Did you know that dental decay is the second most costly diet-related disease in Australia comparable in cost with heart disease and diabetes? As per Health Expenditure in Australia 2015-2016 report (accessible from the AIHW website), approximately $10 billion was spent on dental services. However, dental decay and gum diseases remain a major health problem.
Oral health is fundamental to overall health, well-being, and quality of life. Evidence shows that oral health can also influence general health. This means that not taking care of your mouth not just can lead to dental problems, but far worse problems with your general body health. From affecting your brain to your heart, lungs, or kidneys, poor dental health has been linked to several different conditions in organs around the body.
A healthy mouth enables people to eat, speak, and socialise without pain, discomfort, or embarrassment. Poor dental health means that the bacteria in your mouth have easy access to the digestive and respiratory tracts and thereby the circulatory system.
What are the possible problems due to poor oral health?
Alzheimer’s and Dementia
It has been reported that tooth loss due to bacterial activity has been associated with Alzheimer’s disease and dementia. Bacteria that cause inflammation and gingivitis can migrate to the brain and increase instances of Alzheimer’s disease and dementia. From a study conducted on Japanese patients, it has been found that those with fewer or no teeth were much more likely to have experienced some memory loss or have early-stage Alzheimer’s disease.
Cardiovascular disease is a common and serious disease in Australia with about 3.5 million people reporting having the condition in 2007-08. Studies reported about a decade ago demonstrated that both periodontal disease and teeth loss was associated with greater risk for cardiovascular disease.
Endocarditis is an infection in the inner lining of the heart, the chambers or valves and is typically caused by bacteria from another part of the body (such as the mouth) getting into the bloodstream and entering the heart. Oral inflammation has also been linked to increased instances of a heart attack which suggests that it could potentially be a more serious risk factor than heavy smoking.
Cancer and respiratory disease are major causes of death in developed countries. Poor oral hygiene has been linked to increased instances of lung infections like bronchitis and pneumonia due to bacteria entering the lungs from the mouth.
After heart disease, stroke is the second most important consequence because of the hardening of the arteries, usually due to fatty deposits lining the blood vessel walls. Studies have found that poor dental health is associated with stroke. Bacteria from the mouth have been commonly been found in the brains of stroke victims.
Oral inflammation has been linked to kidney stress and even kidney failure in some cases is suspected to be due to bacteria from the mouth migrating to the kidneys. Periodontal disease and poor oral health are common in patients with chronic kidney disease. Dental problems can be severe in people with chronic kidney disease because of advanced age and other existing diseases such as diabetes, medications, and reduced immunity which will in turn increase the chances of periodontitis and other oral problems. Kidney recipients are required to have a complete dental check because the anti-rejection drugs given to transplant patients lower the immune system making people more susceptible to infection.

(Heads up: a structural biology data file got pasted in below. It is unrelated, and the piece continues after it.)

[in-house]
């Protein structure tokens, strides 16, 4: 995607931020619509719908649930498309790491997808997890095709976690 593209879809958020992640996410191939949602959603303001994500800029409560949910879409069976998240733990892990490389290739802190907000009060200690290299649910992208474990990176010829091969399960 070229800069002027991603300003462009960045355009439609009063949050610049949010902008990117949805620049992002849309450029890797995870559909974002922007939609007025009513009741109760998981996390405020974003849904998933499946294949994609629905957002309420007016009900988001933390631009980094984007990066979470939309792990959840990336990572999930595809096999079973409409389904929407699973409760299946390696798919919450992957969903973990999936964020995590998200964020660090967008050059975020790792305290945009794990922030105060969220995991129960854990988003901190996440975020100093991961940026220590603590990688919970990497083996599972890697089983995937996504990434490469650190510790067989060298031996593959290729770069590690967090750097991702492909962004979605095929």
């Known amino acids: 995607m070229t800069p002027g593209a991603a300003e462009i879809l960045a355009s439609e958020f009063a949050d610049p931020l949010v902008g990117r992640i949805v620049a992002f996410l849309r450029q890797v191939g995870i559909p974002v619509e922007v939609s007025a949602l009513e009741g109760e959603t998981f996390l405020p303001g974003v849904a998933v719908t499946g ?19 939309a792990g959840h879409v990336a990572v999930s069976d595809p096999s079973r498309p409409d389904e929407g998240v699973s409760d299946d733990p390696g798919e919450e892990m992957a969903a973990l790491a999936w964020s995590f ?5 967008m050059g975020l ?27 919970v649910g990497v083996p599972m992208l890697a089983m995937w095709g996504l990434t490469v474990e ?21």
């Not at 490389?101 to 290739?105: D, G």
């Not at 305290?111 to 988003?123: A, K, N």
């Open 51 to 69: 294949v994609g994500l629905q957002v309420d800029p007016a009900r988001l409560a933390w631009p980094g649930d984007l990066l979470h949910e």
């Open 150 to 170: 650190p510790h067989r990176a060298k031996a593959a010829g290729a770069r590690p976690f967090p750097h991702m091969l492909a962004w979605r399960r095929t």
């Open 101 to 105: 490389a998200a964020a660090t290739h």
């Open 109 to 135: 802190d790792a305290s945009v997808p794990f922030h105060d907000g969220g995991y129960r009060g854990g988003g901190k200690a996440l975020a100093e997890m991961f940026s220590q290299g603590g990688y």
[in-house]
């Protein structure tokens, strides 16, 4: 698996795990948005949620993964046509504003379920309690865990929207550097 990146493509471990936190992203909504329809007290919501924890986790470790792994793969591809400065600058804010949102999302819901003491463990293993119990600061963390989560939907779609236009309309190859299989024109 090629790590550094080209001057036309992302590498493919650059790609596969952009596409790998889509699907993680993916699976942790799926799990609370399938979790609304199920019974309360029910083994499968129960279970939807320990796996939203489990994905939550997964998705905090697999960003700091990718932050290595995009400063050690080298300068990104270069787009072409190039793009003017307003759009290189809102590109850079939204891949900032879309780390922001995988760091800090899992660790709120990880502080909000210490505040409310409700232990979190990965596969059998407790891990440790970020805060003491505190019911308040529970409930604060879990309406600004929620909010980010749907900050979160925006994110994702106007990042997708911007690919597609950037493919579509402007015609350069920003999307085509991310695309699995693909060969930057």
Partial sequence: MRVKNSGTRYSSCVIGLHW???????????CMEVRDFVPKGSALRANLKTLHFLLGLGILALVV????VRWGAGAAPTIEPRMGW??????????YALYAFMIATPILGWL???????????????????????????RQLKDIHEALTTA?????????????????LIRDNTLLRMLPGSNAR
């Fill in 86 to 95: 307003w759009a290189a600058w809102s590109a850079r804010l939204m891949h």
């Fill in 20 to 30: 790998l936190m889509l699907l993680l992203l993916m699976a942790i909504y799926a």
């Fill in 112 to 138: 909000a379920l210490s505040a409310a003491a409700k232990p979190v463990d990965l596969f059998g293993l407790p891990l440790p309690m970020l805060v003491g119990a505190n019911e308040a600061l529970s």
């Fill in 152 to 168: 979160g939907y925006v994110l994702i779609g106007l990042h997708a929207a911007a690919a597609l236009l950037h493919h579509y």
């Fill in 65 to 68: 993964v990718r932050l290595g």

Research has shown that people with gum disease have a more difficult time regulating blood sugar levels potentially leading to diabetes. On the other hand, people with diabetes are susceptible to gum disease because they have reduced resistance to infection. Periodontal disease is often considered the ‘sixth complication’ of diabetes. Maintaining good oral hygiene could be an aid in controlling diabetes. Oral bacteria have also been linked with pancreatic cancer.
Poor oral health is one of the causes of mouth cancer, and many of the symptoms can be similar to gingivitis or periodontitis. Smoking and heavy drinking are two of the more serious risk factors for oral cancer. It is suggested that people with periodontal disease while chewing and brushing teeth may also release harmful bacteria into the bloodstream.
Osteoporosis or weakening of bones is linked to both tooth loss and periodontal bone loss. Periodontitis causes the gums to pull away from the teeth leading to pain, tooth loss, and potential bone damage.
Adverse Pregnancy Problems
Researchers think that bacteria from periodontitis may affect the health of the pregnant uterus leading to low birth weight and premature contractions. It is also suggested that babies born prematurely are at significant risk of developing serious and lasting health problems. Pregnant women are hormonally more likely to develop or worsen existing periodontal disease and this will affect about 3 out of every 4 pregnant women. In turn, this exposes them to an increased risk of premature birth.
Take care of your mouth and it can literally take care of you!
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